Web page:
Feb 4, 2012 at 7:43 pm #1285199
Got it done. I think it turned out great in that it fits great, came in under weight, and how I imagined it. Definitely not going to win any sewing contests but I think the sewing is all strong and sound so that is really all that matters to me.
A special thanks to Chris Muthig, I mainly used your guide at http://kringlelight.wordpress.com/2011/11/15/sin50/ along with measurements of Enlightened Equipment quilts (thank you Tim).
I used 1.1 oz nylon ripstop from http://www.thru-hiker.com and 5oz Climashield Apex insulation. It came out 59" wide at the head, half taper to 48" at the foot (can't hardly see the taper in the pics, it is more pronounced when you see it in reality), 80" tall and weight came out at 25.2 oz. I was going to be happy if it came out anywhere under 27-30 oz. I wanted it to be a big quilt, I'd rather go down in future quilts versus having it come out too small. So far seems to be just what I was looking for, plenty to tuck underneath me.
I put a drawstring at the foot, not at the head. I put a 20" Velcro foot box enclosure then I put two straps of Velcro about 6" and 12" above the foot box flap. I left them long for now but will probably cut them down some.
I sewed it differently than Chris did in his guide. I took the two main pieces of sil, pinned them (a bunch) on top of the insulation then rather than using strips I sewed from on top of the sil down through the two layers and then the insulation so that the foot had the sil to slide on and I didn't have to mess with strips of sil or newspaper. I think it worked well. I just sewed the 3 sides, (since I didn't want a draw cord at the top/head), reinforced the Velcro tabs and flap, then flipped it right side out, added the other 20" velcro to match the flap, then did the drawcord in the foot box to close it up. No complaints how everything worked out.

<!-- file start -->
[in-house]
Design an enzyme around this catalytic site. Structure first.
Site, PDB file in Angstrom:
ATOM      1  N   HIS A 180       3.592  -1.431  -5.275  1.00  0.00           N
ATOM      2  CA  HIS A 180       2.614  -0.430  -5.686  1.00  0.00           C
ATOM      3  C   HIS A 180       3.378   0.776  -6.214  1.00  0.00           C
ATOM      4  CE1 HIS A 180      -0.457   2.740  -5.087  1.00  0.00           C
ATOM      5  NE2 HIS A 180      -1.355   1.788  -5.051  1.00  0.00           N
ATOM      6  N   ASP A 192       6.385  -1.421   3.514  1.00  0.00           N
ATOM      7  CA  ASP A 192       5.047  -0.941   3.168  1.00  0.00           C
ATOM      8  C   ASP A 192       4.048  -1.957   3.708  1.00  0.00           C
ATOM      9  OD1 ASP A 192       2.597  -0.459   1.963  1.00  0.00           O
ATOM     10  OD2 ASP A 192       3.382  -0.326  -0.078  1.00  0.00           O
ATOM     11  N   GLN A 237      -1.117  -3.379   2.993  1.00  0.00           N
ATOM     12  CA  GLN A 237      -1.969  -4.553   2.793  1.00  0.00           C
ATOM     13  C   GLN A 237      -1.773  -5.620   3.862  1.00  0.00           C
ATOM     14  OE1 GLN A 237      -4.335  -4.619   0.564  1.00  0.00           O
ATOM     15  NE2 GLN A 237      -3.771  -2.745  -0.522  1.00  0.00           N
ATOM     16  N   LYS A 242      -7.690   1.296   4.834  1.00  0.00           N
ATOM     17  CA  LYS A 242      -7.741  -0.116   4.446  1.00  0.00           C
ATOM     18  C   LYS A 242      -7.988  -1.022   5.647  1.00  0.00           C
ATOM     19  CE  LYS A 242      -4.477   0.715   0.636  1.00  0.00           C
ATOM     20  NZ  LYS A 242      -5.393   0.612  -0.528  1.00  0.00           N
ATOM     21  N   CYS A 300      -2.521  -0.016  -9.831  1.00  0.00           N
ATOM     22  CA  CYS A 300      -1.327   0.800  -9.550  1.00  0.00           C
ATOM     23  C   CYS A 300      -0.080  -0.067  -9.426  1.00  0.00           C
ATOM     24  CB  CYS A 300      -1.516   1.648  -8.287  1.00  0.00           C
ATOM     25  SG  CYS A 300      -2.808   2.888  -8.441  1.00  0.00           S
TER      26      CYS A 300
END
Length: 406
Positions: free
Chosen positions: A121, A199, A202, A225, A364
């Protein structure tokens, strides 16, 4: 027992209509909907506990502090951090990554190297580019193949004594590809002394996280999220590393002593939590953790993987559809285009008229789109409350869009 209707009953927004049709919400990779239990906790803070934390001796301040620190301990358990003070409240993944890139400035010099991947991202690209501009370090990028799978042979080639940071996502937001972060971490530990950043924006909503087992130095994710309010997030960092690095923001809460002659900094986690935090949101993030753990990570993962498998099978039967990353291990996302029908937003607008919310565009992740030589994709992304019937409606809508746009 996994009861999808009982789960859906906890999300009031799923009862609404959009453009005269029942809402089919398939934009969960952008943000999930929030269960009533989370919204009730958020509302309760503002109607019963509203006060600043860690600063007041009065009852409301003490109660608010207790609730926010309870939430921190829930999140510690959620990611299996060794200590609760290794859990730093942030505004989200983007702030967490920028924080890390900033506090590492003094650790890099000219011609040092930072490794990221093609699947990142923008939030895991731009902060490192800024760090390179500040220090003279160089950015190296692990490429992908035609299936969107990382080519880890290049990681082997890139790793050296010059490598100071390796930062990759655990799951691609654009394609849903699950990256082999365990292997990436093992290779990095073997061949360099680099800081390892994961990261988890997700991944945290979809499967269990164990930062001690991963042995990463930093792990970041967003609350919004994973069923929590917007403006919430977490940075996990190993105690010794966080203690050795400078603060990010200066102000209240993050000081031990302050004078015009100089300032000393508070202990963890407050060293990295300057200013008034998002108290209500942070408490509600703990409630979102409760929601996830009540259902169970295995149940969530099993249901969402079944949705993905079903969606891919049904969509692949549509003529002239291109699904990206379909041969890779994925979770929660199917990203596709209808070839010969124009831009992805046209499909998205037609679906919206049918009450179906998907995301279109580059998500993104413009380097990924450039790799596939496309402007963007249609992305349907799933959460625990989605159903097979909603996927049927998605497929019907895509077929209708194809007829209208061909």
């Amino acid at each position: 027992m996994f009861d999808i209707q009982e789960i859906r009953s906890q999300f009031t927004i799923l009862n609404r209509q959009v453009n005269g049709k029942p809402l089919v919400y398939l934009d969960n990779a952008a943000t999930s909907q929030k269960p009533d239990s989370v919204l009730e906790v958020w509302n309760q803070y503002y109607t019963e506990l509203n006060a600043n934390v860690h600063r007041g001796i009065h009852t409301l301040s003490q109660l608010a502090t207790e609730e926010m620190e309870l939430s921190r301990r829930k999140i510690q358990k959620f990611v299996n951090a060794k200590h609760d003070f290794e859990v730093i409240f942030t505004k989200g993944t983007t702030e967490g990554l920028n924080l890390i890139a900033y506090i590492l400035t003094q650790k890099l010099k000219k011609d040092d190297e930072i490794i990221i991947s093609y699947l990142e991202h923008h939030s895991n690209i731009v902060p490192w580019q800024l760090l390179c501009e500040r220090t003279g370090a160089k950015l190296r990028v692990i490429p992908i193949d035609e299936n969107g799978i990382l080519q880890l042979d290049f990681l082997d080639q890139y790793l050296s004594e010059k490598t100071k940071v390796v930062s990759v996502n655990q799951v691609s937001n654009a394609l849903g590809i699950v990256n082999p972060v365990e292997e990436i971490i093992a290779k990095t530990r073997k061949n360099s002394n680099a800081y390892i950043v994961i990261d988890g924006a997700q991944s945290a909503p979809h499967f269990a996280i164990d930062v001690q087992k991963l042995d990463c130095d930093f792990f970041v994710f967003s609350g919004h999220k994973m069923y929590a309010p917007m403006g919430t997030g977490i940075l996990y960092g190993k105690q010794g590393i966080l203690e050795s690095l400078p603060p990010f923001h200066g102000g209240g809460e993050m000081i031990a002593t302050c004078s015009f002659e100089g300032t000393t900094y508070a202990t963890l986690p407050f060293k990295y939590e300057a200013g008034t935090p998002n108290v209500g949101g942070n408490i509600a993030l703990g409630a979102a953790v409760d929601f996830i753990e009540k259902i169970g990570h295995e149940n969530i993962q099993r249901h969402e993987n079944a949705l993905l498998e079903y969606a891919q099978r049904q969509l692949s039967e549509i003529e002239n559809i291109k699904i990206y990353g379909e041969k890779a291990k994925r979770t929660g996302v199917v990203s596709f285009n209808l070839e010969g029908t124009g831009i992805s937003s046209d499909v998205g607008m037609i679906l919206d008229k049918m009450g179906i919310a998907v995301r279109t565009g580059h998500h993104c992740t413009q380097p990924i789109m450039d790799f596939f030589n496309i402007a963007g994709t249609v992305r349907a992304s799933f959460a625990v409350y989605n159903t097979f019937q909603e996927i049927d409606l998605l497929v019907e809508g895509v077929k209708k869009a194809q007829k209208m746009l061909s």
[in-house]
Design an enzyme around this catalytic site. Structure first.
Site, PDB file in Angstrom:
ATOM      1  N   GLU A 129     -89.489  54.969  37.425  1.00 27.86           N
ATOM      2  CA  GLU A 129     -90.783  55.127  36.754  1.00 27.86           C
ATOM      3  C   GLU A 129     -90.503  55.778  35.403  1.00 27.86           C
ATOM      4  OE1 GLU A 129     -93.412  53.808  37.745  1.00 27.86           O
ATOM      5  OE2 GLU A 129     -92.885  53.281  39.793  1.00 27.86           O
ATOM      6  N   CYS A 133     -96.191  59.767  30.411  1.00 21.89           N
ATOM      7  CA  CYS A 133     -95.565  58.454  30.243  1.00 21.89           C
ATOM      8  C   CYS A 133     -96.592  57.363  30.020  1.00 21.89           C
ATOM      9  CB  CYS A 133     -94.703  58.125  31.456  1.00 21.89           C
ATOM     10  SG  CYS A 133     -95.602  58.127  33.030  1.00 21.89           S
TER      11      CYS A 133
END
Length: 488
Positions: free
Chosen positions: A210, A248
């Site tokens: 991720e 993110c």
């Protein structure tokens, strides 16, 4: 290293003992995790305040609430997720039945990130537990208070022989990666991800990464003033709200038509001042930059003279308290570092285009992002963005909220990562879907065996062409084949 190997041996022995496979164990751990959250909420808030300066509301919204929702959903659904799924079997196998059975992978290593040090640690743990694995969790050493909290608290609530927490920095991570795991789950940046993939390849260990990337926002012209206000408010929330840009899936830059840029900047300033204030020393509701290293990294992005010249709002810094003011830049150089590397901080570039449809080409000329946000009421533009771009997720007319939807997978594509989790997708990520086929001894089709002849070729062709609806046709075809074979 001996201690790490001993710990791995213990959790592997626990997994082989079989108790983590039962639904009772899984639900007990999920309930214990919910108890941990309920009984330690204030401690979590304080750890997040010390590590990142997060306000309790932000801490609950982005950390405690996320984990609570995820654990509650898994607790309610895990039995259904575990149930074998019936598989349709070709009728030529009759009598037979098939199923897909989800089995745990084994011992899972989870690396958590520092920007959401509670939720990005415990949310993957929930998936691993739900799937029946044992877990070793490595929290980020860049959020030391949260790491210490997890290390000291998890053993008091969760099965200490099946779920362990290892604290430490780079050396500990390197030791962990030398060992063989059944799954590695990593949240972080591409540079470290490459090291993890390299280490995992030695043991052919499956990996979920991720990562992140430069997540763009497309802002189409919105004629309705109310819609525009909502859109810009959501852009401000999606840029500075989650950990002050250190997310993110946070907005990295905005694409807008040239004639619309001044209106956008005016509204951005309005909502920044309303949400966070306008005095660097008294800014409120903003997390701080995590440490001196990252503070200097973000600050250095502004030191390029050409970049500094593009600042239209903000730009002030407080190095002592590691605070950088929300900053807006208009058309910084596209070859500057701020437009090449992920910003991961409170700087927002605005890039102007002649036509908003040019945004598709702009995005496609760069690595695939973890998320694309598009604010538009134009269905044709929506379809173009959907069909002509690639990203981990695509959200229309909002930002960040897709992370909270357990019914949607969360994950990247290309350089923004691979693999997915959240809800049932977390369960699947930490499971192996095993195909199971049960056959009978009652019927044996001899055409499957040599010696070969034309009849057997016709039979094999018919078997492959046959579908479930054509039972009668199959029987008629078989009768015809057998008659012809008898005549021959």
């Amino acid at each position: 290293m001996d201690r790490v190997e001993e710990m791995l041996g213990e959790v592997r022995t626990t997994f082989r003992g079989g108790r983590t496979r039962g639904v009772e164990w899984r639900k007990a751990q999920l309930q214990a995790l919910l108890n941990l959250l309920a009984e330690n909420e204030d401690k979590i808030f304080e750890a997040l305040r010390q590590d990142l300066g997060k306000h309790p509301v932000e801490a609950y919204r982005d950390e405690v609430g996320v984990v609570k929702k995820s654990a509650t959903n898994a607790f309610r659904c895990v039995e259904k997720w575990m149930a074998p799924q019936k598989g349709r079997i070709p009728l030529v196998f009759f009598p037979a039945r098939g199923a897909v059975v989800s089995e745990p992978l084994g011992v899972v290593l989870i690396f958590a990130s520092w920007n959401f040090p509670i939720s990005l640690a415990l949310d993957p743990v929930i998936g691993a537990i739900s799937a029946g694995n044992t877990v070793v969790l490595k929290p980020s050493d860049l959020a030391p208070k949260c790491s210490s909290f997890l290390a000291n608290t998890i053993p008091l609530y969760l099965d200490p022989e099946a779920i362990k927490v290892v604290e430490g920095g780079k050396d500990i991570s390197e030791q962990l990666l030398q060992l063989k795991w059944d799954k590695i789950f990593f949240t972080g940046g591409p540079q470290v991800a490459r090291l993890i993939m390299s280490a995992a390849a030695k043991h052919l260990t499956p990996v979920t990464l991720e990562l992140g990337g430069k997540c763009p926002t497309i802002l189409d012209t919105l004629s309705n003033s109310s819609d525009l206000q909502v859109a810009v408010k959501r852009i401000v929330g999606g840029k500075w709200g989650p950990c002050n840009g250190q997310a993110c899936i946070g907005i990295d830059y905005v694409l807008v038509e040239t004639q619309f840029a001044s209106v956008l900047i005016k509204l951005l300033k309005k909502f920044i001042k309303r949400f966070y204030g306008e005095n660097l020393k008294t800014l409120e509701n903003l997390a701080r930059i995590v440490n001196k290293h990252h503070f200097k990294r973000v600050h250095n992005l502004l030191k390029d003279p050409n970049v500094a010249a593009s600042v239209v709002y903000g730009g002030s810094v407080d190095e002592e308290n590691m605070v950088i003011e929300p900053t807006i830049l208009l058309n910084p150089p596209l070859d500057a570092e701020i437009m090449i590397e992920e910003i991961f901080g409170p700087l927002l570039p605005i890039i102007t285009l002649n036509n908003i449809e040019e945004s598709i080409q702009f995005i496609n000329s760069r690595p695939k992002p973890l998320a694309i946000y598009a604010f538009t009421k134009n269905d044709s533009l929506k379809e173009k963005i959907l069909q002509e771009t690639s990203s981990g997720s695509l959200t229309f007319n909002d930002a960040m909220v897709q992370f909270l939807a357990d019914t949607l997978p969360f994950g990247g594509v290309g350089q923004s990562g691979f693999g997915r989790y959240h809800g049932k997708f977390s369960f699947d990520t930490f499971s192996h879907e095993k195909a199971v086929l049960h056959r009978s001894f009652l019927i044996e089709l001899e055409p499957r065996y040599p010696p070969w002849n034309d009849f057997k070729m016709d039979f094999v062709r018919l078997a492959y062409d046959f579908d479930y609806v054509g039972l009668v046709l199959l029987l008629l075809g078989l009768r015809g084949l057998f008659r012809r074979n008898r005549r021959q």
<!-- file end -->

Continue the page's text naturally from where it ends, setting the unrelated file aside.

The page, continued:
The one thing that concerns me is the temperature rating. It does not seem like it is going to work down to near 30 degrees but I could be wrong. I plan to sleep fully dressed including down puffy coat. We'll see soon enough, I have a trip planned this month in N Georgia and it should be around 30.Feb 4, 2012 at 7:51 pm #1834618
Jerry AdamsBPL Member
@retiredjerryLocale: Oregon and Washington
I think it should be good at 30 F if you wear down jacket inside.
I've worn similar colder than that.Feb 4, 2012 at 8:51 pm #1834638
Seth BrewerBPL Member
For a first Quilt I'd say that's looking pretty good. I like the red color also! I've used my 50* synthetic (thinner insulation than yours) with a puffy down to about 35* and been just fine, so I'm pretty sure you can get that one down to 30* with a proper set up to minimize wind and such. Carpe DiemFeb 4, 2012 at 9:07 pm #1834644
todd harperBPL Member
@funnymoLocale: Sunshine State
Nicely done. Especially for your 1st go!
I'm curious why you used Sil? Did you desire the VB effect, like cuben?
Also why no head-end drawcord?
These aren't criticisms of your nice handiwork….I just want to learn.
ToddFeb 4, 2012 at 9:10 pm #1834646
Luke SchmidtBPL Member
@cameronLocale: Idaho Falls
I've found a bivy sack really increased the warmth of my quilt. If yours is more generiously sized it might not be a big a deal but I think it helps. If you can make a quilt a simple bivy should be easy to make. One word of caution. I'm not sure I'd use 1.1 oz nylone on the bottom of a bivy becuase with weight on the floor water can be forced through, I'd go a bit heavier for the floor.Feb 5, 2012 at 5:46 am #1834727